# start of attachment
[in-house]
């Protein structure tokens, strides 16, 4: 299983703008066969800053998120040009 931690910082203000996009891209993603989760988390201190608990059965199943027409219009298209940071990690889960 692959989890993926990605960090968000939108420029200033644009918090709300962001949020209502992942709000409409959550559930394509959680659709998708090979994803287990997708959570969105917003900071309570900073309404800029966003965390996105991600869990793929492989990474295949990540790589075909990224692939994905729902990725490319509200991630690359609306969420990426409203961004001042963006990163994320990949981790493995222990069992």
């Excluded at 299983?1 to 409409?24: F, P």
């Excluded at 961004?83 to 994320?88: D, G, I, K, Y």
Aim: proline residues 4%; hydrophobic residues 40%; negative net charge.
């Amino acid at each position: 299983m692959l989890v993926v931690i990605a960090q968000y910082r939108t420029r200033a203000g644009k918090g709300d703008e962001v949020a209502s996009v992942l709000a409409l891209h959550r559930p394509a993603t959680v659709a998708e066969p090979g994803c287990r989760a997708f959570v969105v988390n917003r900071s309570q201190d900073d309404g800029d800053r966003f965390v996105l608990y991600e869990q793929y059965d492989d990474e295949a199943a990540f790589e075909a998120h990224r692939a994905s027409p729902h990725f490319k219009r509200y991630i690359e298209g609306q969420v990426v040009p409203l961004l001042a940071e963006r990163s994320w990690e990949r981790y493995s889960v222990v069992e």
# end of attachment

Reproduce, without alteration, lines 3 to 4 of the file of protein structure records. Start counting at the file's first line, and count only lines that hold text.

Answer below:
């Excluded at 299983?1 to 409409?24: F, P």
């Excluded at 961004?83 to 994320?88: D, G, I, K, Y």